No other issue in criminal justice is as loaded with meaning and emotion as the death penalty. Even at Prison Fellowship Ministries, which is closely associated with the issues of prisoners, victims, and the criminal justice system, there is split opinion on capital punishment, reflecting the division of opinion elsewhere among evangelicals.

Most death penalty debate among Christians centers on the biblical ideas of justice and mercy. One side argues that the wanton disregard for life exhibited by some murderers can be properly punished only by death. There is certain biblical support for this argument. When God gave the law to the children of Israel at Mount Sinai, he included capital punishment, not only for the intentional taking of a life, but for several other offenses as well.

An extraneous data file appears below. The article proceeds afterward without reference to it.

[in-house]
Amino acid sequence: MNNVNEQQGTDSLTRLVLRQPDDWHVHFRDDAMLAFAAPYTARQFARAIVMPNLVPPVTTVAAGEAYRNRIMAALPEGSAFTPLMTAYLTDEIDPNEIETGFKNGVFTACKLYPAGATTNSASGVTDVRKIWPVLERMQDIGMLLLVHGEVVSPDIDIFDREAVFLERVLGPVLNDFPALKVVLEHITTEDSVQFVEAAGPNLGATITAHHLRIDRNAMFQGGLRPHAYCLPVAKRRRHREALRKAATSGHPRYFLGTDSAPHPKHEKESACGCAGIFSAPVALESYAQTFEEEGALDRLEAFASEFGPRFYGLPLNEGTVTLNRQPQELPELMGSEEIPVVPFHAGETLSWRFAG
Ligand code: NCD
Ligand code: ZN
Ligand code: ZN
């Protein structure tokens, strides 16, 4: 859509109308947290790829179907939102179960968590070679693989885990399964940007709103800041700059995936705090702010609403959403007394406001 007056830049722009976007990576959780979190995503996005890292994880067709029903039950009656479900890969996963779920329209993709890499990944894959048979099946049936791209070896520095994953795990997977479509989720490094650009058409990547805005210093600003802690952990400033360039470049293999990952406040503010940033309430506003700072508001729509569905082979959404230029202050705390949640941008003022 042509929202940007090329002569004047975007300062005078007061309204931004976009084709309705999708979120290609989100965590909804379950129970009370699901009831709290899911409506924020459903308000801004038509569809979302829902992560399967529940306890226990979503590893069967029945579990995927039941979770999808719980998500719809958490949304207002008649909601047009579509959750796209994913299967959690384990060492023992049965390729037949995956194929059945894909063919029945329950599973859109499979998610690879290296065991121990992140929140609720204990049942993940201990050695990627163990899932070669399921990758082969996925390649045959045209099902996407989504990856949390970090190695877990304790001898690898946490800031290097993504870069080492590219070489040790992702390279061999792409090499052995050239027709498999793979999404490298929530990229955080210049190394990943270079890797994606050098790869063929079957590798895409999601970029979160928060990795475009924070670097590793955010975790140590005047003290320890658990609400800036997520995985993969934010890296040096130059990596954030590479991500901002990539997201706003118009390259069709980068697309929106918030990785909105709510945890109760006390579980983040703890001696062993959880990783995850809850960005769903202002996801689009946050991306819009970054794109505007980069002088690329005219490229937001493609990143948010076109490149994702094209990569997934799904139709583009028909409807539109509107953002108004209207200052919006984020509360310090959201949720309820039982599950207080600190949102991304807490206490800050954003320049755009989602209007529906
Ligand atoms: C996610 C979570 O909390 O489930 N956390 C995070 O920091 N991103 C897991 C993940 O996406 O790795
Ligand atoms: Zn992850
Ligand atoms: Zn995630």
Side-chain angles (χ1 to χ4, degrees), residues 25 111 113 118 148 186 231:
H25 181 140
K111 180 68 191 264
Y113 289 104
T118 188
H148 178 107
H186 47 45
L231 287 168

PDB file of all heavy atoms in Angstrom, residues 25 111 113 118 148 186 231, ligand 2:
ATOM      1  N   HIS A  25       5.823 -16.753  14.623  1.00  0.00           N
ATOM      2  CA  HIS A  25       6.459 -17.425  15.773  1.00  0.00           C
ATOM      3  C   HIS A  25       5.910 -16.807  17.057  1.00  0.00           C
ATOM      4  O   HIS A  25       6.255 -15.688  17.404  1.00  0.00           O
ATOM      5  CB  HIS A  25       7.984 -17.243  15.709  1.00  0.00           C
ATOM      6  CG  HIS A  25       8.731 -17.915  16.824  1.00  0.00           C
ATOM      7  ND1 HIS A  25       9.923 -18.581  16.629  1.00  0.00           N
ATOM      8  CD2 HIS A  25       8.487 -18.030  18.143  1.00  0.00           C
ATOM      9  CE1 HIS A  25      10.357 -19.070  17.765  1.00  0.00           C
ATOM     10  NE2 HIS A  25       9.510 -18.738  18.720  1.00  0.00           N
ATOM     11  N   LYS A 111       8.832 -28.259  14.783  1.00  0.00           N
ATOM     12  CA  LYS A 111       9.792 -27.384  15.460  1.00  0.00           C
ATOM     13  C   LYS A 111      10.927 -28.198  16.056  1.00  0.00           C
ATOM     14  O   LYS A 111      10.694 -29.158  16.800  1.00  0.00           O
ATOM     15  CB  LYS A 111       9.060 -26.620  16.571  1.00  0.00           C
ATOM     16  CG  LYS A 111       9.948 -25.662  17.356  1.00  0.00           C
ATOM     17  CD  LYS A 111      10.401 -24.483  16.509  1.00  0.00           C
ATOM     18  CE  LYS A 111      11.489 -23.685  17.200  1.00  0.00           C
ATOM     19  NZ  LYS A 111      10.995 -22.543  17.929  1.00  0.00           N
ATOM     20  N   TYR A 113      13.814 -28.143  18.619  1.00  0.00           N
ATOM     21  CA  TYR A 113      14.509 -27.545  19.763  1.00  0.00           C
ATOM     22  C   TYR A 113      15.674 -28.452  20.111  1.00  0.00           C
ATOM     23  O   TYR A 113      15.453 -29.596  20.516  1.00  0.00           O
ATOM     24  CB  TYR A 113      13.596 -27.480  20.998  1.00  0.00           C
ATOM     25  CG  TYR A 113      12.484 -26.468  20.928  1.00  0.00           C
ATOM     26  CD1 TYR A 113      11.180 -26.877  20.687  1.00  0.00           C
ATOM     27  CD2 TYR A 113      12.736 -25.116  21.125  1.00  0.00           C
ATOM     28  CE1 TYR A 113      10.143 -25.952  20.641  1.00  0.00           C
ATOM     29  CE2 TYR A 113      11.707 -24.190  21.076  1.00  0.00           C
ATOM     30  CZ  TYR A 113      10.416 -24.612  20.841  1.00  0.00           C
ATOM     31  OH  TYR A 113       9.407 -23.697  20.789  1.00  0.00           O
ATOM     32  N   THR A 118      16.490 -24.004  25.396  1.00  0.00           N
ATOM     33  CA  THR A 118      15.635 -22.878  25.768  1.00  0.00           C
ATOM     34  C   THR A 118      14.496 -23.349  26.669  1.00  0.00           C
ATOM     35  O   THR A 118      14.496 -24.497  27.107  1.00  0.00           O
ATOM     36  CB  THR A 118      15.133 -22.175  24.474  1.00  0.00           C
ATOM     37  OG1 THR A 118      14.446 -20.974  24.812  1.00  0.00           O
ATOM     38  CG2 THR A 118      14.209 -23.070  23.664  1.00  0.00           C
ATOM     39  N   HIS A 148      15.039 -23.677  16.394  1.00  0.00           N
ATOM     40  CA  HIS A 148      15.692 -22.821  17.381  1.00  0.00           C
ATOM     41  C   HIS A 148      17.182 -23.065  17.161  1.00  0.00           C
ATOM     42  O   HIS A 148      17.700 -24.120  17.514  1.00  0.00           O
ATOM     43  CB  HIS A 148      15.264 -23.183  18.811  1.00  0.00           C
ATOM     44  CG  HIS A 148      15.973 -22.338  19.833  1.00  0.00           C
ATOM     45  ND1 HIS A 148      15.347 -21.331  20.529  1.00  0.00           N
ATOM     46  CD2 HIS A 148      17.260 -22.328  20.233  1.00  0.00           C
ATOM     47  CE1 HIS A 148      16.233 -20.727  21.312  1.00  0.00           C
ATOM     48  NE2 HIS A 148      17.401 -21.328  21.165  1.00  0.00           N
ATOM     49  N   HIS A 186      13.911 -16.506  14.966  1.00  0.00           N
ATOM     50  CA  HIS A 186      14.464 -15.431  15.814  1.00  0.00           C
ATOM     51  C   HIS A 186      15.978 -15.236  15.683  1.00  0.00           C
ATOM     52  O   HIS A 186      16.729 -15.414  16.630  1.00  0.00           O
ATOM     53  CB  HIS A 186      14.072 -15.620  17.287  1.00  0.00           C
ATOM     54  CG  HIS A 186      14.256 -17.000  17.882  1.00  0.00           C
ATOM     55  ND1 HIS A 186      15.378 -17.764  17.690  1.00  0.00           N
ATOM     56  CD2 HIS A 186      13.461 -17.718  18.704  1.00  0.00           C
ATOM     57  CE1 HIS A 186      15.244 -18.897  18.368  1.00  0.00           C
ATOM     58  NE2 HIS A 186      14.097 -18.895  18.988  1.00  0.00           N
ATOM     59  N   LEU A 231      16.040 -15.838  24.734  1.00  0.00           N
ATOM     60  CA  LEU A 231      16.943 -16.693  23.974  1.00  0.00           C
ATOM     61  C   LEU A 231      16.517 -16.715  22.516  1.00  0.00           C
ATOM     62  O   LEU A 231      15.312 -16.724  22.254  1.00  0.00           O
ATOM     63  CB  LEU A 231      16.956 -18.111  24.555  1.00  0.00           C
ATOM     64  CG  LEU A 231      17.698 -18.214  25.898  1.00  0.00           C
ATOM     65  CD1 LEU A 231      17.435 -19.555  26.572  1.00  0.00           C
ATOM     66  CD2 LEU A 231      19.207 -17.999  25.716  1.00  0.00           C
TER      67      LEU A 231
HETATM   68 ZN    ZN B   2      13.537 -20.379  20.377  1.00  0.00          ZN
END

Others ask how can a society that takes life claim to be upholding its sanctity? Taking the life of the offender only removes the possibility of remorse, repentance, and penance. All we do is exact our pound of flesh. Jesus, speaking to the Pharisees who had brought the adulterous woman before him under the penalty of death, said, "If any one of you is without sin, let him be the first to throw a stone." Rather than demanding vengeful punishment, we are to show forgiveness, compassion, and the opportunity for repentance. Part of the reason for this ethical impasse is not only that both arguments have merit, but that they are also consistent with a Christian world-view. Justice and mercy are integral parts of the gospel.

This issue cannot be decided on the basis of Scripture or theology alone. We have to put capital punishment in its legal and socioeconomic context. Courts carry out the death penalty in accord with legal strictures. Moving ...

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